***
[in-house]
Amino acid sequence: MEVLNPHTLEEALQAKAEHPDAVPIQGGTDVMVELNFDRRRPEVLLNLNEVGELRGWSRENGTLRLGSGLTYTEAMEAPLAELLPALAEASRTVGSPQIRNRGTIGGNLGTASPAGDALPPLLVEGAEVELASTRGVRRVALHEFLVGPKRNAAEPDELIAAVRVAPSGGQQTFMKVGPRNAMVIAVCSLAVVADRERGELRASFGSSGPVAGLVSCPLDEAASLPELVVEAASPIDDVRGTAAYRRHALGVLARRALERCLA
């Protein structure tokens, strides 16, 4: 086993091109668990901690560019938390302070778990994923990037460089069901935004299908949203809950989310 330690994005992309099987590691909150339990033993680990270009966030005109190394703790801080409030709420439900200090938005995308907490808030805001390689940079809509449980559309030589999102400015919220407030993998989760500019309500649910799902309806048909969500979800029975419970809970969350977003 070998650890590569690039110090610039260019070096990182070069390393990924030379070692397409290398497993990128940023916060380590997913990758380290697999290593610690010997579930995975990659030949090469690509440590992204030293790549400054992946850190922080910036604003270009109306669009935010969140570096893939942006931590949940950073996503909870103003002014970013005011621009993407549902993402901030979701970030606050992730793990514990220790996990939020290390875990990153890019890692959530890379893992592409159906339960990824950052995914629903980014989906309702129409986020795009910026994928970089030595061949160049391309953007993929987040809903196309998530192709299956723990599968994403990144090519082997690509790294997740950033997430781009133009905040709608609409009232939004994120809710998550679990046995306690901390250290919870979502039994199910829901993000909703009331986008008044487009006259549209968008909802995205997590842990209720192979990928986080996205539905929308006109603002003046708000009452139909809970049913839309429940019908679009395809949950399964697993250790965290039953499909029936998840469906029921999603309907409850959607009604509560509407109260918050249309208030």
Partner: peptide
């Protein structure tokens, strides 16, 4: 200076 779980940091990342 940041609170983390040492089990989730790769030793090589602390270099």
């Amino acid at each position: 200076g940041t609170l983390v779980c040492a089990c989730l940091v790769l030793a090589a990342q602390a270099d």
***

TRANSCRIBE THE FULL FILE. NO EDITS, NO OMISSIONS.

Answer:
[in-house]
Amino acid sequence: MEVLNPHTLEEALQAKAEHPDAVPIQGGTDVMVELNFDRRRPEVLLNLNEVGELRGWSRENGTLRLGSGLTYTEAMEAPLAELLPALAEASRTVGSPQIRNRGTIGGNLGTASPAGDALPPLLVEGAEVELASTRGVRRVALHEFLVGPKRNAAEPDELIAAVRVAPSGGQQTFMKVGPRNAMVIAVCSLAVVADRERGELRASFGSSGPVAGLVSCPLDEAASLPELVVEAASPIDDVRGTAAYRRHALGVLARRALERCLA
């Protein structure tokens, strides 16, 4: 086993091109668990901690560019938390302070778990994923990037460089069901935004299908949203809950989310 330690994005992309099987590691909150339990033993680990270009966030005109190394703790801080409030709420439900200090938005995308907490808030805001390689940079809509449980559309030589999102400015919220407030993998989760500019309500649910799902309806048909969500979800029975419970809970969350977003 070998650890590569690039110090610039260019070096990182070069390393990924030379070692397409290398497993990128940023916060380590997913990758380290697999290593610690010997579930995975990659030949090469690509440590992204030293790549400054992946850190922080910036604003270009109306669009935010969140570096893939942006931590949940950073996503909870103003002014970013005011621009993407549902993402901030979701970030606050992730793990514990220790996990939020290390875990990153890019890692959530890379893992592409159906339960990824950052995914629903980014989906309702129409986020795009910026994928970089030595061949160049391309953007993929987040809903196309998530192709299956723990599968994403990144090519082997690509790294997740950033997430781009133009905040709608609409009232939004994120809710998550679990046995306690901390250290919870979502039994199910829901993000909703009331986008008044487009006259549209968008909802995205997590842990209720192979990928986080996205539905929308006109603002003046708000009452139909809970049913839309429940019908679009395809949950399964697993250790965290039953499909029936998840469906029921999603309907409850959607009604509560509407109260918050249309208030």
Partner: peptide
């Protein structure tokens, strides 16, 4: 200076 779980940091990342 940041609170983390040492089990989730790769030793090589602390270099």
């Amino acid at each position: 200076g940041t609170l983390v779980c040492a089990c989730l940091v790769l030793a090589a990342q602390a270099d």